Plastic #7 (Other: Polytetrafluoroethylene)
Is “I” even me or am “I” a gearshift to get from one
sentence to the next? Should I say we?
— Claudia Rankine
I put a hex on myself
just before I enriched our kitchen
with space-age polymers.
I was investigating freezers
when one hundred pounds of TFE gas
decided to spontaneously polymerize.
I was four of a mind,
trapped and frozen, shoulder to shoulder
inside of steel cylinders.
I rested on a bed of dry ice
braced myself for the rupture
of impending disaster.
I was disappointing and waxy —
a white solid soon to be revealed
as the world’s slipperiest material.
I didn’t worry
until I was told I would have to give up
my metal spatula for wooden and plastic.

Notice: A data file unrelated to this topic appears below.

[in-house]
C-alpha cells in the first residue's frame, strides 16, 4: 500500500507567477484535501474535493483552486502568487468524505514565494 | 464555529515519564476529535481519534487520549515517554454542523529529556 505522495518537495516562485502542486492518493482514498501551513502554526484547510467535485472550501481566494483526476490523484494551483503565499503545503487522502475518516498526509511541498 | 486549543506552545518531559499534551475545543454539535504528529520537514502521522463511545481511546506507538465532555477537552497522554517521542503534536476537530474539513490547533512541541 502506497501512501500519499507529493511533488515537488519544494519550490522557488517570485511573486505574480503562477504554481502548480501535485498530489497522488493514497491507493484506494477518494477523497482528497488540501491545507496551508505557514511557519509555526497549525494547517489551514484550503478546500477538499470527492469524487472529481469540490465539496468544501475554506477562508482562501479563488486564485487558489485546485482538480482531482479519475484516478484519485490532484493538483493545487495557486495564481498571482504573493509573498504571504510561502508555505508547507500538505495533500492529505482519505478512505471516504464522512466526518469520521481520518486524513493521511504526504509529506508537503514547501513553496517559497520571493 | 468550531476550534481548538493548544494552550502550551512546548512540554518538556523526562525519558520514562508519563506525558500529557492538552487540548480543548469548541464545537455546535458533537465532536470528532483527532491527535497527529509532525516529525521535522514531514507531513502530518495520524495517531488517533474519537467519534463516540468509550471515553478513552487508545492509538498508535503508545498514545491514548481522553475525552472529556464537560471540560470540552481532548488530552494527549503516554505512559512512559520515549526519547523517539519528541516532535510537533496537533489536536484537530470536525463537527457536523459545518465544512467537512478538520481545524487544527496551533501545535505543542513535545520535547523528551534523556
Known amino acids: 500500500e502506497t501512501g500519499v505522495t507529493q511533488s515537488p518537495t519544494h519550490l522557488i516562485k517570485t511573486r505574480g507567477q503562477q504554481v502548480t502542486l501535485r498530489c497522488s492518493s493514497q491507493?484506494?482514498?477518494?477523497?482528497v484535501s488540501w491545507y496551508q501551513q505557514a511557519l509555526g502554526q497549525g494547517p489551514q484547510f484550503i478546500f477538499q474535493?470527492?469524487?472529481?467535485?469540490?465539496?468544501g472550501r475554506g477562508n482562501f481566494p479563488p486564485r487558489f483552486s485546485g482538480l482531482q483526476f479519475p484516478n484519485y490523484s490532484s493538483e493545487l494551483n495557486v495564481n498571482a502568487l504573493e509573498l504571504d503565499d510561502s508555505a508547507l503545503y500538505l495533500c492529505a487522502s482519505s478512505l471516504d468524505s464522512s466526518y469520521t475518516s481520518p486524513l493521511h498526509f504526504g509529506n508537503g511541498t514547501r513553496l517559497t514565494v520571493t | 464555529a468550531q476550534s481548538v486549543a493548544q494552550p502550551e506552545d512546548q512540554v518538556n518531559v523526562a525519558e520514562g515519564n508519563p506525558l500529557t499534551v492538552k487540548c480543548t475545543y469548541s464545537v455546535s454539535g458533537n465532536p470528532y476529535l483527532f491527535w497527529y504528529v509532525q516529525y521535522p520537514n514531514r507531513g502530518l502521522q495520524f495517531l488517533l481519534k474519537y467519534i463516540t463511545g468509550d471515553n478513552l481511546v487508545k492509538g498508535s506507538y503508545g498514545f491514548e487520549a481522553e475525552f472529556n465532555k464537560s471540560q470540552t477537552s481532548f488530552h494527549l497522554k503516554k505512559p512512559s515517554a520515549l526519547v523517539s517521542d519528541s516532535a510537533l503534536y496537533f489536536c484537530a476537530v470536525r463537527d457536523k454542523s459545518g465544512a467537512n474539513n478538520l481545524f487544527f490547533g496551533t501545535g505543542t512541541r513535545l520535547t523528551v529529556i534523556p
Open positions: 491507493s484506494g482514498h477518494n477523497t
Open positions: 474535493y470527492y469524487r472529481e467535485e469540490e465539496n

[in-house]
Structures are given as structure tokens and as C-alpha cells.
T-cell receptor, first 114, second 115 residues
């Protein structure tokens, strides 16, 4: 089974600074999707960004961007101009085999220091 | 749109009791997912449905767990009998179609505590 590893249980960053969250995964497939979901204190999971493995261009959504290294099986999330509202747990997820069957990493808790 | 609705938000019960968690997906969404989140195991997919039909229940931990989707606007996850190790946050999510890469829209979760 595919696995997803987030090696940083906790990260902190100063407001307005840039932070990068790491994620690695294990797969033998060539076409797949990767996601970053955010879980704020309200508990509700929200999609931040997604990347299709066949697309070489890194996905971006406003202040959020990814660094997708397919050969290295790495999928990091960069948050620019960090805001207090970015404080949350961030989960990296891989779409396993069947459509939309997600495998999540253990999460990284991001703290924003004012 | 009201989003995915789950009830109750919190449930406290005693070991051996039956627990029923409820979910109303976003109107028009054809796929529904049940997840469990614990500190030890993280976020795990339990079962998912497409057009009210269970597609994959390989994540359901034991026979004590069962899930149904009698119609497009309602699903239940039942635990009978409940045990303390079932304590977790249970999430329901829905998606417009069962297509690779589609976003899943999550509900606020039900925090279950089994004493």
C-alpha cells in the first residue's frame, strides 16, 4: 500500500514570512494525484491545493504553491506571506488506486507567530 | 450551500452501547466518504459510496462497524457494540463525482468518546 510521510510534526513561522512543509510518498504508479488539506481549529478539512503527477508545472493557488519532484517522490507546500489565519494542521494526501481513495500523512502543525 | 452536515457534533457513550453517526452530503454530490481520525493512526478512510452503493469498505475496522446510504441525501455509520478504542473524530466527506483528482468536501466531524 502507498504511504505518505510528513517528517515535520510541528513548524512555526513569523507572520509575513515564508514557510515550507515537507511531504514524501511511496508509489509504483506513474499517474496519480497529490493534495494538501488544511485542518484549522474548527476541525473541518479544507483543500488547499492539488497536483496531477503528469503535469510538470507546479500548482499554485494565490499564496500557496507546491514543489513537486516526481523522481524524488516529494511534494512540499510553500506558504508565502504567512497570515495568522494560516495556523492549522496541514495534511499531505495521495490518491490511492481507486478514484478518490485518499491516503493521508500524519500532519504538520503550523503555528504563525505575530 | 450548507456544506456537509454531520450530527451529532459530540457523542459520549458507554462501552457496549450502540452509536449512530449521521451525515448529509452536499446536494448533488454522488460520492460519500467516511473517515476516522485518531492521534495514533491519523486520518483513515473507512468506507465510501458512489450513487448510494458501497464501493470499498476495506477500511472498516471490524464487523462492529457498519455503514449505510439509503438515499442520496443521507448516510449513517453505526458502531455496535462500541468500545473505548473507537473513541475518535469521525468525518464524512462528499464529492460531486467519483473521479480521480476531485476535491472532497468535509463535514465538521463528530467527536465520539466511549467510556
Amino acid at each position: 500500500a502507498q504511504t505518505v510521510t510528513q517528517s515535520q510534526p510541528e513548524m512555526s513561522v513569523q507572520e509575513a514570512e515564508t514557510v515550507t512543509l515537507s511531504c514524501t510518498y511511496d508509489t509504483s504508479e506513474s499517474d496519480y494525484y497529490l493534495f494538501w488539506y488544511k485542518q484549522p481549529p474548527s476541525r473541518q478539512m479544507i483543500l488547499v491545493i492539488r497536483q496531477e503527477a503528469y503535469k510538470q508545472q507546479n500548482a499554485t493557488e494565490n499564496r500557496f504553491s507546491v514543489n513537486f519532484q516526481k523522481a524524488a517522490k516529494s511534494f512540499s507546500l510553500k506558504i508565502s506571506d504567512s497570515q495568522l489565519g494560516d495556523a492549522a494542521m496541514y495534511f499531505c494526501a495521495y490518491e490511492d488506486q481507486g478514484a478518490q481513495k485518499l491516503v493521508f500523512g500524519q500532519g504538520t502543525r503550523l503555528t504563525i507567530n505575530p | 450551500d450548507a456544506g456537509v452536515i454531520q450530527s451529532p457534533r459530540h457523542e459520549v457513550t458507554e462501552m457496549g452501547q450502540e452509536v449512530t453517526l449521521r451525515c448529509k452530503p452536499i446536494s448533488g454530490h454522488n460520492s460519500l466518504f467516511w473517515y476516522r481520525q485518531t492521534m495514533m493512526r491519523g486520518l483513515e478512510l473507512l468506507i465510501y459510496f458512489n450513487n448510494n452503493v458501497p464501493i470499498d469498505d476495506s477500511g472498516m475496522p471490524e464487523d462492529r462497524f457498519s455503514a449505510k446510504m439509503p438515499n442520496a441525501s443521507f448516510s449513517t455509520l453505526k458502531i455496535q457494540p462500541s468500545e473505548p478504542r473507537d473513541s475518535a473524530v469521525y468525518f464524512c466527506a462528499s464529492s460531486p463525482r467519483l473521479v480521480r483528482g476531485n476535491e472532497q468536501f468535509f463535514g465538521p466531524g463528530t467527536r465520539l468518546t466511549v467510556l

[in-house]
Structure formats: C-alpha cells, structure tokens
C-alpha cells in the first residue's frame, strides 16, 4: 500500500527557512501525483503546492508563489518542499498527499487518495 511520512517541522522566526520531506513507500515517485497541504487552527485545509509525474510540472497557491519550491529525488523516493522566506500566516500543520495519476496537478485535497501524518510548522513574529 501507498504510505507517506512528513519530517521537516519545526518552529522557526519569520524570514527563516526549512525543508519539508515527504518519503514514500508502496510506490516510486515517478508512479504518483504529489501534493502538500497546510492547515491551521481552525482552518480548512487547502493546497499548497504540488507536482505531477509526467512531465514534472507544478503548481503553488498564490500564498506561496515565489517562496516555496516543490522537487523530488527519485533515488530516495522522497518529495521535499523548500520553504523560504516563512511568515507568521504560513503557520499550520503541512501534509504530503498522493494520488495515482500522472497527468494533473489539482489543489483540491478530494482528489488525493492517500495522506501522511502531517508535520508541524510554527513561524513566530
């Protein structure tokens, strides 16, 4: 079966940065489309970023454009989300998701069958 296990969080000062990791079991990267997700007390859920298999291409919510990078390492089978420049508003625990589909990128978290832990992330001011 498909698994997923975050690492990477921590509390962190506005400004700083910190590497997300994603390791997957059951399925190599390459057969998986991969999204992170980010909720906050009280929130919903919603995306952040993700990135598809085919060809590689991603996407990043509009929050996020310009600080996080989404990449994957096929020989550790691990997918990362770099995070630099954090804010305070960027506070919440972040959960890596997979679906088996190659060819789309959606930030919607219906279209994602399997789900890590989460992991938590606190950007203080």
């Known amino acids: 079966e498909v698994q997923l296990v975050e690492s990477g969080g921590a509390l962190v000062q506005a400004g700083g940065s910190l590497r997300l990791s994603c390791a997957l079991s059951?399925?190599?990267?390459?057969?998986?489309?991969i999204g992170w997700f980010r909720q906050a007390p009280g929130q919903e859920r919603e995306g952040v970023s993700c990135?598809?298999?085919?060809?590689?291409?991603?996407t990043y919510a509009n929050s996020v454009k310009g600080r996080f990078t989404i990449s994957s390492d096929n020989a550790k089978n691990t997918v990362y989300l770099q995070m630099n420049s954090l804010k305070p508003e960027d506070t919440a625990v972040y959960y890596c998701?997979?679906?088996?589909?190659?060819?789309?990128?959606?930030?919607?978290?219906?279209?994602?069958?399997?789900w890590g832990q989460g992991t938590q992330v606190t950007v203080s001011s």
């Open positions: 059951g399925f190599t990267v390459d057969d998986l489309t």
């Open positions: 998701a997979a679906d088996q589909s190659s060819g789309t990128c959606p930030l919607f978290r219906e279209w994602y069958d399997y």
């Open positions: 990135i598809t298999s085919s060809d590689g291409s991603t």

At that moment, I began
to obsessively watch the soft surface
of cross-hatched frying pans
for any indication
of flaking residue.
It’s the Cold War
I shield my eyes with frying pans
I solve my problems with separation
and correct the market slump
by counting down from 2% to skim.
I shoot television spots as the president
sporting a milk mustache
meant to mollify worry
about accumulations of strontium-90
in our children’s milk supply,
Soviet tests over the Pacific
and the indictment of milk fat
as an agent of heart disease.
Nuclear physicists at Oak Ridge
struggling with the corrosive properties
of enriched uranium hexaflouride gas
were the first handymen
to plumb their pipes with Teflon tape.
Little Boy and Fatman made non-stick pans.
Two hundred and fifty thousand
lost in a pair of bright white flashes
meant to make sure
we wouldn’t have to scrub so hard.
I tell myself:
duplicity doesn’t always imply complicity.
Drew Dillhunt | Mudlark No. 39 (2010)
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